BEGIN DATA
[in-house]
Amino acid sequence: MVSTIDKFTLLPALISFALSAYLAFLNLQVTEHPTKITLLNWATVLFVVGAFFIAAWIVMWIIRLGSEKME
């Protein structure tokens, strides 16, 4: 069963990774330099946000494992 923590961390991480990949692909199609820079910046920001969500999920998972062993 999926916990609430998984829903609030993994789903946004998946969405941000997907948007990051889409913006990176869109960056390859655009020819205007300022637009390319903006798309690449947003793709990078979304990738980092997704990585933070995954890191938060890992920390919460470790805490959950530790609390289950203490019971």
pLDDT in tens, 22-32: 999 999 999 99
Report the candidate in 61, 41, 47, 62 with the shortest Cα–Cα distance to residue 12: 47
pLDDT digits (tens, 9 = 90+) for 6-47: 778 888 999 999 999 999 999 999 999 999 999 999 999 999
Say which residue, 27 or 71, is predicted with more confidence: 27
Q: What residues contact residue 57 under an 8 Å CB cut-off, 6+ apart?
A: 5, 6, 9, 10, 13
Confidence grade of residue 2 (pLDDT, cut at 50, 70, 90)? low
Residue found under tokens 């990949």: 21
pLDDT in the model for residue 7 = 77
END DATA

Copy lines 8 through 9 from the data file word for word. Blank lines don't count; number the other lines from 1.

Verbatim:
Q: What residues contact residue 57 under an 8 Å CB cut-off, 6+ apart?
A: 5, 6, 9, 10, 13